Sometimes, whether it is during a job interview, after a job offer or during the course of employment, an employer in Minnesota may request that an employee undergo a medical exam. However, there are a number of circumstances in which requesting a medical exam could constitute disability discrimination.
For example, the law limits what medical exams can be undergone during the application and interview process when hiring an individual with a disability. An employer is not permitted to question the applicant regarding the applicant’s medical condition or health. In addition, an employer cannot ask an applicant if he or she is disabled, even if the disability is obvious. Moreover, an employer cannot require an applicant to undergo a medical exam prior to offering the applicant the job. However, an employer is allowed to ask applicants if they believe they will be able to execute their job duties, with or without being provided with a reasonable accommodation.
Employers are also limited with regards to requesting a medical exam after offering an individual the job. At this stage, the employer is allowed to make the job offer conditional based on the applicant’s ability to pass a medical exam, and the employer is allowed to ask the applicant certain medical questions. However, these questions and exams must be requested of all new employees for that particular job, not just those who have a disability.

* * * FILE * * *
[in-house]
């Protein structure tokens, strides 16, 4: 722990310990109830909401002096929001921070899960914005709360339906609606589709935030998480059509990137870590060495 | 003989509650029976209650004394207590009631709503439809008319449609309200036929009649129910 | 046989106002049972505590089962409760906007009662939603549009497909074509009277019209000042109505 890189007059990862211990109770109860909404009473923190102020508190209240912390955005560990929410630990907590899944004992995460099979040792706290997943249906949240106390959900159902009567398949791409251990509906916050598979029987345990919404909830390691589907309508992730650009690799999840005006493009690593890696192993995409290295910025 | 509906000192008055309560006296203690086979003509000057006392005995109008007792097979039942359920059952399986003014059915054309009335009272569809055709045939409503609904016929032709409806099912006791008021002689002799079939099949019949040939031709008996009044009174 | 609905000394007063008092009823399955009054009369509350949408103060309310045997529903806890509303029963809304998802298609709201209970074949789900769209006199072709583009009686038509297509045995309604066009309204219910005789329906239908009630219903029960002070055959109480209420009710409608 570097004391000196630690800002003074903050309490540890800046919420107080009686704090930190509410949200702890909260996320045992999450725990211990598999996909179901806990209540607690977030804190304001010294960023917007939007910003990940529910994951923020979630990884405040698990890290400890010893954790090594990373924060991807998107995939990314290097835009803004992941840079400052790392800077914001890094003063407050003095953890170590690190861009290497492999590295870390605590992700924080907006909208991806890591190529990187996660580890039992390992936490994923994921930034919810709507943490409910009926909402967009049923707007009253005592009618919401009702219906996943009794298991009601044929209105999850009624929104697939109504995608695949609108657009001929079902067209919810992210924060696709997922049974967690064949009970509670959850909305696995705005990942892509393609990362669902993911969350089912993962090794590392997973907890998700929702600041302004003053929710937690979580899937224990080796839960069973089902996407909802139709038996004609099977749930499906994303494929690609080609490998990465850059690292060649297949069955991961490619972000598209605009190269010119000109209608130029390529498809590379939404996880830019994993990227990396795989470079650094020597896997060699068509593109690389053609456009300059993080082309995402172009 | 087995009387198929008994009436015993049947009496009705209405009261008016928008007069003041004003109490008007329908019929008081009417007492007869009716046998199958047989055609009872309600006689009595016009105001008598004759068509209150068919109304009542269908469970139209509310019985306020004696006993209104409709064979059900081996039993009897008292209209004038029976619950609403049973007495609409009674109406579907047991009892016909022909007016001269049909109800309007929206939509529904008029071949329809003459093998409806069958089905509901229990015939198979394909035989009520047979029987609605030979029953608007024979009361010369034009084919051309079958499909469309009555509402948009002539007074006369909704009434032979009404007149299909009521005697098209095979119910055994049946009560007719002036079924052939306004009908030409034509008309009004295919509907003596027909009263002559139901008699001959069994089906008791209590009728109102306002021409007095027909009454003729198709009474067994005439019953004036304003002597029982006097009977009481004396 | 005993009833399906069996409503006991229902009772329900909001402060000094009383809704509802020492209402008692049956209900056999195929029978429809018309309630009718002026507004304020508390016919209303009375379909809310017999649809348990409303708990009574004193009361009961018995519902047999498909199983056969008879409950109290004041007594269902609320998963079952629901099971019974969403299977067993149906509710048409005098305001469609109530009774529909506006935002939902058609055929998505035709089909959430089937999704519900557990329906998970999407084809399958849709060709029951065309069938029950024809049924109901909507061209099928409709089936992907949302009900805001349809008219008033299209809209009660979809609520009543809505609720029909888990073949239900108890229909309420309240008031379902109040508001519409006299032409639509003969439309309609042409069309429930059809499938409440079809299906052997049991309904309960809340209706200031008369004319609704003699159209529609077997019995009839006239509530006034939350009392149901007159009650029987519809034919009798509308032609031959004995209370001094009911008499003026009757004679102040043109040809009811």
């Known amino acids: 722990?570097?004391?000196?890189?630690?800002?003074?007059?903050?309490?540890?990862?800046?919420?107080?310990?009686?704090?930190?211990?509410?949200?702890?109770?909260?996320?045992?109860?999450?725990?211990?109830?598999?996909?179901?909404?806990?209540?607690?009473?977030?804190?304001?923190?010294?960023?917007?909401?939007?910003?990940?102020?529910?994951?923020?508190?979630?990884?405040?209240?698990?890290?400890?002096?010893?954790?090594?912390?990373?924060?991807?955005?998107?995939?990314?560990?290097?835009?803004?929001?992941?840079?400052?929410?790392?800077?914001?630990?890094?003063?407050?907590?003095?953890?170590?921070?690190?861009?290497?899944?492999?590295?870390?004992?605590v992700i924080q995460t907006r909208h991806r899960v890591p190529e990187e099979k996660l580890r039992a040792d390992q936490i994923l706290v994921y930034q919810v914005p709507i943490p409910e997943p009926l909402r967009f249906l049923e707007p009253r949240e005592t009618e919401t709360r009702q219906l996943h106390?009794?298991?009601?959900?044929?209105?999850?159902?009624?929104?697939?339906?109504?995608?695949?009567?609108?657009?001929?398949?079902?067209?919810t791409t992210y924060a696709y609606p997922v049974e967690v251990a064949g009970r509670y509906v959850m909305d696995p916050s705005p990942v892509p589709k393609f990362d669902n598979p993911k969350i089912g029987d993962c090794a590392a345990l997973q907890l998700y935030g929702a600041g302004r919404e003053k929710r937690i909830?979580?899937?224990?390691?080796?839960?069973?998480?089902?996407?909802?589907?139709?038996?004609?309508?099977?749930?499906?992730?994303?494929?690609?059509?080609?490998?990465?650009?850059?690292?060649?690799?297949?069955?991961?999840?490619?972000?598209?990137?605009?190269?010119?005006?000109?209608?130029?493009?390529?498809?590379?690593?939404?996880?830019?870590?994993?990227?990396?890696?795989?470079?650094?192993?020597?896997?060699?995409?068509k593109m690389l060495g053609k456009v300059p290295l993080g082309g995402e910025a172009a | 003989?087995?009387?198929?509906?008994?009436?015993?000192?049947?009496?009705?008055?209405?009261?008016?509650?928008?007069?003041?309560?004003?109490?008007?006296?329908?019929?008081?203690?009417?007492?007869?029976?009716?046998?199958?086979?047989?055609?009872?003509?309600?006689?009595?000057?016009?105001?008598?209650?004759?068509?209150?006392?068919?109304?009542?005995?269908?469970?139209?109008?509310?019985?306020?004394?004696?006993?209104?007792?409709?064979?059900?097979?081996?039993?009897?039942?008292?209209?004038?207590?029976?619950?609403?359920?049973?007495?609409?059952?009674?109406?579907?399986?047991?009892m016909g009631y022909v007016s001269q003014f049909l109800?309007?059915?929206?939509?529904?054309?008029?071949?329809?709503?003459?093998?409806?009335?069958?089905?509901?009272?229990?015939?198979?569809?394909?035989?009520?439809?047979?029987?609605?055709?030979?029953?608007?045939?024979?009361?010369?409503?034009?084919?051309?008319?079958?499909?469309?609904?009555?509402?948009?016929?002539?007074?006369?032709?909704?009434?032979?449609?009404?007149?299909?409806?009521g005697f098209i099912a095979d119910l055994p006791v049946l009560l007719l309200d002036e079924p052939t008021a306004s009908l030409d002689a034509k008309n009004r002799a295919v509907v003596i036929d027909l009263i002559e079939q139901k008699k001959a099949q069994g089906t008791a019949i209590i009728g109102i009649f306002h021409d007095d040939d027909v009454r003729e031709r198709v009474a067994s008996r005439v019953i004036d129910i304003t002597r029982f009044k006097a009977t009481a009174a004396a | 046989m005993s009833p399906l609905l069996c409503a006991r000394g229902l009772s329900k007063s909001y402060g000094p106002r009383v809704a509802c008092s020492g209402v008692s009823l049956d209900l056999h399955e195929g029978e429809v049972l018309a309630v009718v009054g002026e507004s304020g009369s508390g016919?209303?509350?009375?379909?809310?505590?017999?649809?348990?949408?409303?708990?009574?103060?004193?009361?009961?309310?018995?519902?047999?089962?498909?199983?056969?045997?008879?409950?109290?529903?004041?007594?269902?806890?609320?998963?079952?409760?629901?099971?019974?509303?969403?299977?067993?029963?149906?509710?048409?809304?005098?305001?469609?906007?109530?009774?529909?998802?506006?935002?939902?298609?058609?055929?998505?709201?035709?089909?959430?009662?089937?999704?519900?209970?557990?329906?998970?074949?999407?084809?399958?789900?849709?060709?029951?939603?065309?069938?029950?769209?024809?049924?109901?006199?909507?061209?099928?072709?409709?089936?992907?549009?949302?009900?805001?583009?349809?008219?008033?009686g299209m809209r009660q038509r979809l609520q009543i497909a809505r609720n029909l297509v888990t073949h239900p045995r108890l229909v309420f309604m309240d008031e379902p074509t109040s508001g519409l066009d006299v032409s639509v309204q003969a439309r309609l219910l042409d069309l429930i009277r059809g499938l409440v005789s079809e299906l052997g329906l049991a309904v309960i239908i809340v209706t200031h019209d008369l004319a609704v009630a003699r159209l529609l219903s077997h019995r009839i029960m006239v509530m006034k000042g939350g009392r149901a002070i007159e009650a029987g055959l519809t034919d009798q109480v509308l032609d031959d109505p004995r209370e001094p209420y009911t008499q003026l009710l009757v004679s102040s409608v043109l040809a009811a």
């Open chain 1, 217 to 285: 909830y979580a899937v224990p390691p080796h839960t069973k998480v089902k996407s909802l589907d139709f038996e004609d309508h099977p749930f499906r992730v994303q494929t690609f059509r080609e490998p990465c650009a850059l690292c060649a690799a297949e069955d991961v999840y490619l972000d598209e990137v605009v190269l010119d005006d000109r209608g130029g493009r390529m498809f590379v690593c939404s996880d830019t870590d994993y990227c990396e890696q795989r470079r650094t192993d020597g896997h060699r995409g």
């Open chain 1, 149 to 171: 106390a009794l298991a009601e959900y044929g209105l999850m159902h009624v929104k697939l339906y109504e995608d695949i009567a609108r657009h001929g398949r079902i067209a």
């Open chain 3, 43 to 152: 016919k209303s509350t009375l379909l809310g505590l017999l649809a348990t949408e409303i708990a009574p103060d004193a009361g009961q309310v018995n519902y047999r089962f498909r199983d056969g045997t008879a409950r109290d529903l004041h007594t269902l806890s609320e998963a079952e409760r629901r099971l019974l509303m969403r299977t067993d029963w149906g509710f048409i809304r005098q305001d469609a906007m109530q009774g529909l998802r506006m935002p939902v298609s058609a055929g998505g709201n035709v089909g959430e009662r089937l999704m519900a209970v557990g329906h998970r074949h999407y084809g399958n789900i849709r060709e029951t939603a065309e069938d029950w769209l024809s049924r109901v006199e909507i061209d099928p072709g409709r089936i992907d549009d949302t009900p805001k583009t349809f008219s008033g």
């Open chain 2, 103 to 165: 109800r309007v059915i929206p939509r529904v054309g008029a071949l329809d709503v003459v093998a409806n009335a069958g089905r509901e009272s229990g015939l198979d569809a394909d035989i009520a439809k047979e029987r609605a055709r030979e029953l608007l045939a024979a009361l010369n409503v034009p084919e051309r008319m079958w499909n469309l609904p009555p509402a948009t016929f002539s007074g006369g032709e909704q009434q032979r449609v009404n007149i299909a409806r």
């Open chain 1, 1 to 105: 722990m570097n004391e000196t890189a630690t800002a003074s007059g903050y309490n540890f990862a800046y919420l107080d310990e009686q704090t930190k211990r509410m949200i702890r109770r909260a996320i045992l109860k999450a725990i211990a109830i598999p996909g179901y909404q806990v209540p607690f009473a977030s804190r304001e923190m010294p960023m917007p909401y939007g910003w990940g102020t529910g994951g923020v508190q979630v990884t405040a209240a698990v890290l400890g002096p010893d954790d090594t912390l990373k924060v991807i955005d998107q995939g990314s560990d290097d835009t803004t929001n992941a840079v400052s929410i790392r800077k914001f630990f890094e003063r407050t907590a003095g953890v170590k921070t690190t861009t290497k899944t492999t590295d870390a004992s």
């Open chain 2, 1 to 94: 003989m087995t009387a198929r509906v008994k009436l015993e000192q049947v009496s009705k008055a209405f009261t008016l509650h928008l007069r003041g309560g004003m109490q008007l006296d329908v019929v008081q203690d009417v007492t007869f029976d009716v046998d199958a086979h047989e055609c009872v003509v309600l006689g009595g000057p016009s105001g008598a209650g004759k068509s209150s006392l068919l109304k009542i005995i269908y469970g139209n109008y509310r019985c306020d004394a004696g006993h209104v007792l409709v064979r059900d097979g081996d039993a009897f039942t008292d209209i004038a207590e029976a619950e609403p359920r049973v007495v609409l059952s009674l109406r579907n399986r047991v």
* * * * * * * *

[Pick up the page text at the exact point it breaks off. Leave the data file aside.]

Finally, employers are limited with regards to requesting a medical exam once the applicant is hired. After being hired, employers in general can only require a medical exam or ask certain questions regarding the employee’s medical condition if the employer needs such documentation in order to fulfill the need to provide a reasonable accommodation for the employee or if the employer believes that, due to a medical condition, the employee is unable to safely or successfully execute his or her job duties.
As you can see, there are legal limits that employers must adhere to during the employment process with regards to medical exams and those with disabilities. Individuals should not be discriminated against during the hiring process or after being hired simply because they are disabled. Fortunately, under the law there are steps employees can take to rectify such situations.
Source: U.S. Equal Employment Opportunity Commission, “Disability Discrimination,” accessed July 25, 2016